4 / 5 stars
I happened to see Toni Erdmann the same day it received a lot of American film press – not for its Oscar nomination for Best Foreign Language Film, but because a remake had just been announced, starring Jack Nicholson and Kristen Wiig. That knowledge was a slight distraction, if only because it’s so easy to imagine the American stars inhabiting the same physical characteristics created by the German originals. Jack as the charming, slovenly father desperately seeking a connection with his overworked adult daughter; Wiig as his distant offspring, uptight and tight-lipped; both fitting perfectly into the roles and the wardrobe.
If this is even the slightest hint that a “new” version will stay true to the multi-lingual original, then wunderbar. Maren Ade’s offbeat family chronicle is delightful, full of gentle surprises punctuating a cold world of façades, both professional and personal. Her two stars are relatively unknown in the States but established names elsewhere: Sandra Hüller, as Ines, received worldwide acclaim a decade ago for the film Requiem, and Peter Simonischek, as dad Winfried, has 70+ German-language credits (many TV movies) on his CV. Together, they are a masterful study in ease and subtlety, deconstructing the overworked estranged family genre. Usually marked (and marred) by a narrative crescendo to a shouting match — followed predictably by a soft reconciliation — the tense parent-daughter dynamic is instead played out in small, remarkable notes in Toni Erdmann. Perhaps cultural differences play a role, but it’s refreshing to see a naturally emotional topic toned down closer to a state of reality.
The story is occasionally, lovingly cuckoo. After attending an abbreviated family party, Ines returns to her temporary life in Romania, where her company acts as the corporate bad guy for organizations that need to blame consultants like Ines for downsizing. She’s a shrewd woman in a man’s world, but Ade weakens her in social situations – she’s painfully deferential, and backpedals when she speaks out of turn or is called out by others.
Ines’s staid, unemotional life gets a jolt when Winfried shows up in her life as his daffy alter-ego, an easygoing traveler named Toni Erdmann. It’s a dopey idea on his part, made all the more outlandish by his choice of fake teeth and scruffy wig – he’s telegraphing falseness, falling right in line with the fake front that Ines is forced to convey, but with more honesty.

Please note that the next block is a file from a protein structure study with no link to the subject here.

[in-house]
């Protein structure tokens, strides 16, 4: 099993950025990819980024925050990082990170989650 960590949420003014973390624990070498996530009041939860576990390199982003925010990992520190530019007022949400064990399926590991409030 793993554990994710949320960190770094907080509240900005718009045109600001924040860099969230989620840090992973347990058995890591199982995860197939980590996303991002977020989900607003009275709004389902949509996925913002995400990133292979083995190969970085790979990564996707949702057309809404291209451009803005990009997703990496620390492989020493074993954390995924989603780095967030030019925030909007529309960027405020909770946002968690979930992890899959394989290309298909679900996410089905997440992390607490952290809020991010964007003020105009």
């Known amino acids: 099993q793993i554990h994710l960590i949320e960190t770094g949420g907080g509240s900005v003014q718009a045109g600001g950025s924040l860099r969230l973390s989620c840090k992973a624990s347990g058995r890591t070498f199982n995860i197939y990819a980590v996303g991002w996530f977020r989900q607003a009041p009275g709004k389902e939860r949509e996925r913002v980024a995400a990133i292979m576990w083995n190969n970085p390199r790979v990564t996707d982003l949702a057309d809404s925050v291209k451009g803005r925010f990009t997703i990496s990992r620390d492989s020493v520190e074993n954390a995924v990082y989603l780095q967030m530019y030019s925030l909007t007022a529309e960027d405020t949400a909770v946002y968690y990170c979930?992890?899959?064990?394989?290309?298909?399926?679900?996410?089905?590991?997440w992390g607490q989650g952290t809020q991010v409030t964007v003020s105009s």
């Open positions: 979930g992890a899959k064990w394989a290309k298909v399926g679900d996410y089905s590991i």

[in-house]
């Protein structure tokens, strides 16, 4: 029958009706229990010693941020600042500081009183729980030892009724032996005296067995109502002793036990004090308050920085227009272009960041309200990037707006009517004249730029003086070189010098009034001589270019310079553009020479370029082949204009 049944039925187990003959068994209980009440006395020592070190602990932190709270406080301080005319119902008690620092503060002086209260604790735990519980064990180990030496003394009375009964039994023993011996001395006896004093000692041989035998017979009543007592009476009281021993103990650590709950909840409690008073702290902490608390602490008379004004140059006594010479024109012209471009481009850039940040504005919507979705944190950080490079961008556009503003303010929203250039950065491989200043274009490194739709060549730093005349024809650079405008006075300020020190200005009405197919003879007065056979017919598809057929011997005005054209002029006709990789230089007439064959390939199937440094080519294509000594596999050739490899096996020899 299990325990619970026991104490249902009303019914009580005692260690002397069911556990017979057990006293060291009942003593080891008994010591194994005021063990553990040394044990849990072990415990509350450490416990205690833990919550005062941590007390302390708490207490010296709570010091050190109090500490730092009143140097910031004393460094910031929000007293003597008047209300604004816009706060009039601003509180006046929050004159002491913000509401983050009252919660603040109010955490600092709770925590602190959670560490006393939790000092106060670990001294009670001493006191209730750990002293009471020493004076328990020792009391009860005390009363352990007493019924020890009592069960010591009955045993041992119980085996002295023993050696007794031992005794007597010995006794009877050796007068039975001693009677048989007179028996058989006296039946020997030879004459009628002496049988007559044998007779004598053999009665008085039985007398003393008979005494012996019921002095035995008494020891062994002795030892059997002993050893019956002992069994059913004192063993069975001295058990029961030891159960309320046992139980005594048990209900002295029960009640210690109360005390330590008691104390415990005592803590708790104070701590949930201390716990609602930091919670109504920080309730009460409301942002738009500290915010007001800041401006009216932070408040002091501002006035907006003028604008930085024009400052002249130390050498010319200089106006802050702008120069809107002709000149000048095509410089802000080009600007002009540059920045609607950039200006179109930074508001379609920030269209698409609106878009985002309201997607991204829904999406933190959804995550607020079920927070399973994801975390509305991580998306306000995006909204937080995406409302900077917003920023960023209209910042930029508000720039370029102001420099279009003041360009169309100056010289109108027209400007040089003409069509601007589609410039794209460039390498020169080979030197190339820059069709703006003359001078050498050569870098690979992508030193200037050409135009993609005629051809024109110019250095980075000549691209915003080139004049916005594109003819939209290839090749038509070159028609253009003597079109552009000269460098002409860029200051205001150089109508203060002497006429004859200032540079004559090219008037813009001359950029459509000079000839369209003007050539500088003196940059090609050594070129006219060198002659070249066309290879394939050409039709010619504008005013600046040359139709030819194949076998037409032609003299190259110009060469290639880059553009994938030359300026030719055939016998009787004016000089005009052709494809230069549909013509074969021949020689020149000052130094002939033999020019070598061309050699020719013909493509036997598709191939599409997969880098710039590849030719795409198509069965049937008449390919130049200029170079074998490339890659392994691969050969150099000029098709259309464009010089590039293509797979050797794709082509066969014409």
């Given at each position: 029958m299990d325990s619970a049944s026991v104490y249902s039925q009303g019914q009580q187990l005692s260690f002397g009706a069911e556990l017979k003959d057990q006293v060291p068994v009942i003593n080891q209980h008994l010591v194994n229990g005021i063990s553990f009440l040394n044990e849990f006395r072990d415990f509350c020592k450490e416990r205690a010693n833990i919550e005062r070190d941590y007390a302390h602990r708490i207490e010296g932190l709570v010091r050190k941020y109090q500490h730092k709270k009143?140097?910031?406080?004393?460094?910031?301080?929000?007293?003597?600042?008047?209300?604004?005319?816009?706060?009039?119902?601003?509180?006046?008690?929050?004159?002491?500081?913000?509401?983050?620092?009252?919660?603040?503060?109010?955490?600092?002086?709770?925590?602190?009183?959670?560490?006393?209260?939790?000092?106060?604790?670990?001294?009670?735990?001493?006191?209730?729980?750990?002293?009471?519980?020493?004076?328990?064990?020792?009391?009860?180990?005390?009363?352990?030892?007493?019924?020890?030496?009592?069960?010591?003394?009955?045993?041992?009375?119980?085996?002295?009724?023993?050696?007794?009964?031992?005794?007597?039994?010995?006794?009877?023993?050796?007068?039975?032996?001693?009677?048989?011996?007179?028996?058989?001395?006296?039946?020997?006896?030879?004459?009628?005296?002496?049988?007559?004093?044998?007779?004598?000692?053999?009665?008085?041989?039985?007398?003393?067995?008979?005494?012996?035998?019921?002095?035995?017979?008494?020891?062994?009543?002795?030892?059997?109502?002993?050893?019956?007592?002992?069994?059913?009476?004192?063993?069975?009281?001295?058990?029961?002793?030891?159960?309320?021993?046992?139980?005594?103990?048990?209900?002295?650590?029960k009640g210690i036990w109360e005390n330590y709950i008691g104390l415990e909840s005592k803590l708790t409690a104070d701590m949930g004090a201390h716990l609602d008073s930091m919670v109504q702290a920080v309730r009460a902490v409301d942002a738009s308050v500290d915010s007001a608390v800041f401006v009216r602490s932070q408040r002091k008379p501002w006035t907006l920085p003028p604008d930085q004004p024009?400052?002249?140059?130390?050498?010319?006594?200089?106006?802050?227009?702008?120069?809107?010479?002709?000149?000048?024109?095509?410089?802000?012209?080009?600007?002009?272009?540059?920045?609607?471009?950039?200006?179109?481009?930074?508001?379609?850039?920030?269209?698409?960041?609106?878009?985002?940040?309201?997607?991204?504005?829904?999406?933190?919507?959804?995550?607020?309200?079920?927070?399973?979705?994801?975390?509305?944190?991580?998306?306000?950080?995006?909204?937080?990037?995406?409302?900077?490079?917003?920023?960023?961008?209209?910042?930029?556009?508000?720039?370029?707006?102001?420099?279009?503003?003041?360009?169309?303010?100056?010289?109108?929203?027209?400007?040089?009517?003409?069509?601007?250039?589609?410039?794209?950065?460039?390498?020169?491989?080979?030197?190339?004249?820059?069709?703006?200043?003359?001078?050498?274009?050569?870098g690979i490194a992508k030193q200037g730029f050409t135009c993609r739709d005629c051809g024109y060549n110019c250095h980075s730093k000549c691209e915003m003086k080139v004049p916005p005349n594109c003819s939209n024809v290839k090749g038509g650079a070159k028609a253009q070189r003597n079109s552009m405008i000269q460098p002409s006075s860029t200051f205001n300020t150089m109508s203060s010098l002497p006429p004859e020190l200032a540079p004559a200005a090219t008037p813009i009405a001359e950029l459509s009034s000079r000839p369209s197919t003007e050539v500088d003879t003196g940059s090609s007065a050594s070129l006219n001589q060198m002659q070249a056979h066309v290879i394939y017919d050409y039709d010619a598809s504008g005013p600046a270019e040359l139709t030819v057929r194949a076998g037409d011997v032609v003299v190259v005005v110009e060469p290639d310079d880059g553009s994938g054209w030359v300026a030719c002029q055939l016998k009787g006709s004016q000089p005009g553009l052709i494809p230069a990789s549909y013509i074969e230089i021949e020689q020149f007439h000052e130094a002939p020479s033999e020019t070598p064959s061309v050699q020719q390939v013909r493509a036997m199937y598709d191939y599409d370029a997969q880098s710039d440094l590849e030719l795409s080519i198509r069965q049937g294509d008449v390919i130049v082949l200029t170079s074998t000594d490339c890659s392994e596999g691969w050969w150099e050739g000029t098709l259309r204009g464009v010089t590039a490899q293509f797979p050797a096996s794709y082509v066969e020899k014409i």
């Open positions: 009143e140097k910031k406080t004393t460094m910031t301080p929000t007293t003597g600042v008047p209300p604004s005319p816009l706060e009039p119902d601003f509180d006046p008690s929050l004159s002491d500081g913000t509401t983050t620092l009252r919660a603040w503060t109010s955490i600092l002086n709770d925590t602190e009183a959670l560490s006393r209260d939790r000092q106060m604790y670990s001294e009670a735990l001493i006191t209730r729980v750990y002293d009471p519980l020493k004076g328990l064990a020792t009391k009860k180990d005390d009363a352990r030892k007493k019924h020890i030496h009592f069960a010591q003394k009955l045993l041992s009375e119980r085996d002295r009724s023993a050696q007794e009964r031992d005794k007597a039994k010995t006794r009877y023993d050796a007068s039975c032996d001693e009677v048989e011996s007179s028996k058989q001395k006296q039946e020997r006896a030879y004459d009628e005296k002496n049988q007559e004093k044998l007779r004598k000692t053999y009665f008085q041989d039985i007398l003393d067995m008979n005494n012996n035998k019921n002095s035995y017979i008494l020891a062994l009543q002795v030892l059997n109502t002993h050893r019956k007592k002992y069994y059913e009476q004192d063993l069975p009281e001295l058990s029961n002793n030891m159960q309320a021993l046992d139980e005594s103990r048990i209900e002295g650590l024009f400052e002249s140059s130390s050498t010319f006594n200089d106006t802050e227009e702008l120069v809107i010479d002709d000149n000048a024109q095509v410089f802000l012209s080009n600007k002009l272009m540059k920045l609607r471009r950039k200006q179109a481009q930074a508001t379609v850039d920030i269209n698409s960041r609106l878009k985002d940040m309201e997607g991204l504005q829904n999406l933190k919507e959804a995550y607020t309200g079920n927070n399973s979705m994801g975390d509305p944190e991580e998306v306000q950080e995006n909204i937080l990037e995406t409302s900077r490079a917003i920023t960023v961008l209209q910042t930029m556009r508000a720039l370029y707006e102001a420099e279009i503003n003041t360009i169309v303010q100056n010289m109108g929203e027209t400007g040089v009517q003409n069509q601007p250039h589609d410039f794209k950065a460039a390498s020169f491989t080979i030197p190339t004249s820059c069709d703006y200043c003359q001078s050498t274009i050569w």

Hüller is expert at playing down the embarrassment: in her eyes and physical manner, accommodating her superiors and clients is just part of the game. It doesn’t disable Ines – rather, it keeps her part of the conversation. To us, it’s obvious that Ines’ status and stature are practically fixed in the business world, regardless of how upwardly mobile she may think she is.
Simonischek plays Winfried as an aimless but well-meaning fellow – messy hair (and wig), messy shirt, messy life. If there’s such thing as a purposefully mono-toned physical performance, this is it. Simonischek sort of shuffles through the role, getting from place to place half by motivation, half by general momentum. In a couple of moving moments, Winfried sits alone and removes his phony teeth for a spell, taking a deep, sad breath, inviting us to wonder what he’s thinking.
Just after two hours into Toni Erdmann (the movie runs a surprising, but not restless, 2 hours 42 minutes), Ade makes a very explicit case for how exhausting it can be to keep up appearances, set at an unforgettable daytime party. Without giving away the particulars, the daring, extended sequence is a well-deserved conclusion of what’s come before, an awkwardly funny combination of resolve and resignation. When Winfried finally arrives, for unexpected reasons best left unsaid, we hardly even miss Toni. Here’s hoping Jack Nicholson can do it all justice.